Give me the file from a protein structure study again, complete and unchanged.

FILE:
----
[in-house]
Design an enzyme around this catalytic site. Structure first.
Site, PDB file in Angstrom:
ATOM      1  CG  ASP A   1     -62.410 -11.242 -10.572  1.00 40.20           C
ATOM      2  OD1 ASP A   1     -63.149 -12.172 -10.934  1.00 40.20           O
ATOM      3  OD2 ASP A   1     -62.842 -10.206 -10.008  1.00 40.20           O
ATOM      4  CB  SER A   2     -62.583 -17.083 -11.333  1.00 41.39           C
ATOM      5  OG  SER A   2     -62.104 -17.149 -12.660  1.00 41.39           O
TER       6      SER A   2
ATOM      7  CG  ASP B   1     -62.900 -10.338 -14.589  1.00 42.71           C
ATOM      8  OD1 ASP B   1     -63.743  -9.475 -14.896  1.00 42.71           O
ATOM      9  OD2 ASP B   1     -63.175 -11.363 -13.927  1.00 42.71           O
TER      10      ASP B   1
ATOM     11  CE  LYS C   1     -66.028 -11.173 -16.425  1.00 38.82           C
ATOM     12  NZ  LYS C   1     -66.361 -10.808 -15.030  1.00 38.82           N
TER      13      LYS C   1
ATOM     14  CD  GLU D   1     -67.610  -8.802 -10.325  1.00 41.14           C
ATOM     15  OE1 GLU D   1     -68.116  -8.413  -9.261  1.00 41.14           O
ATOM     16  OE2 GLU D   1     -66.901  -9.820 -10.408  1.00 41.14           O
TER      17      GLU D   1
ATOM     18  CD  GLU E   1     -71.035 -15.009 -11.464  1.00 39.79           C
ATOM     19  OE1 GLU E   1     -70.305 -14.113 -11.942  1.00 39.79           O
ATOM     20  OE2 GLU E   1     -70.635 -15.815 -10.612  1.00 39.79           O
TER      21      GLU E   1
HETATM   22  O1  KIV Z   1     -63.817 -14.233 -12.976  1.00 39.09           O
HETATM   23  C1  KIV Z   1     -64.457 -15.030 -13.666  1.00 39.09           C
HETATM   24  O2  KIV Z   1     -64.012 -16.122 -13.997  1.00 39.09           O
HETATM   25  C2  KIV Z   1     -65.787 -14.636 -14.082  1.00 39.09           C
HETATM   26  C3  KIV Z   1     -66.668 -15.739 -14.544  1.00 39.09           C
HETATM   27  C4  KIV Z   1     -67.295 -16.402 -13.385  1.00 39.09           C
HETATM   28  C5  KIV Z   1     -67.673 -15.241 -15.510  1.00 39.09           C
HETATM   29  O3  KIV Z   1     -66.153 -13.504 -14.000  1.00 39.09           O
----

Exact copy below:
[in-house]
Design an enzyme around this catalytic site. Structure first.
Site, PDB file in Angstrom:
ATOM      1  CG  ASP A   1     -62.410 -11.242 -10.572  1.00 40.20           C
ATOM      2  OD1 ASP A   1     -63.149 -12.172 -10.934  1.00 40.20           O
ATOM      3  OD2 ASP A   1     -62.842 -10.206 -10.008  1.00 40.20           O
ATOM      4  CB  SER A   2     -62.583 -17.083 -11.333  1.00 41.39           C
ATOM      5  OG  SER A   2     -62.104 -17.149 -12.660  1.00 41.39           O
TER       6      SER A   2
ATOM      7  CG  ASP B   1     -62.900 -10.338 -14.589  1.00 42.71           C
ATOM      8  OD1 ASP B   1     -63.743  -9.475 -14.896  1.00 42.71           O
ATOM      9  OD2 ASP B   1     -63.175 -11.363 -13.927  1.00 42.71           O
TER      10      ASP B   1
ATOM     11  CE  LYS C   1     -66.028 -11.173 -16.425  1.00 38.82           C
ATOM     12  NZ  LYS C   1     -66.361 -10.808 -15.030  1.00 38.82           N
TER      13      LYS C   1
ATOM     14  CD  GLU D   1     -67.610  -8.802 -10.325  1.00 41.14           C
ATOM     15  OE1 GLU D   1     -68.116  -8.413  -9.261  1.00 41.14           O
ATOM     16  OE2 GLU D   1     -66.901  -9.820 -10.408  1.00 41.14           O
TER      17      GLU D   1
ATOM     18  CD  GLU E   1     -71.035 -15.009 -11.464  1.00 39.79           C
ATOM     19  OE1 GLU E   1     -70.305 -14.113 -11.942  1.00 39.79           O
ATOM     20  OE2 GLU E   1     -70.635 -15.815 -10.612  1.00 39.79           O
TER      21      GLU E   1
HETATM   22  O1  KIV Z   1     -63.817 -14.233 -12.976  1.00 39.09           O
HETATM   23  C1  KIV Z   1     -64.457 -15.030 -13.666  1.00 39.09           C
HETATM   24  O2  KIV Z   1     -64.012 -16.122 -13.997  1.00 39.09           O
HETATM   25  C2  KIV Z   1     -65.787 -14.636 -14.082  1.00 39.09           C
HETATM   26  C3  KIV Z   1     -66.668 -15.739 -14.544  1.00 39.09           C
HETATM   27  C4  KIV Z   1     -67.295 -16.402 -13.385  1.00 39.09           C
HETATM   28  C5  KIV Z   1     -67.673 -15.241 -15.510  1.00 39.09           C
HETATM   29  O3  KIV Z   1     -66.153 -13.504 -14.000  1.00 39.09           O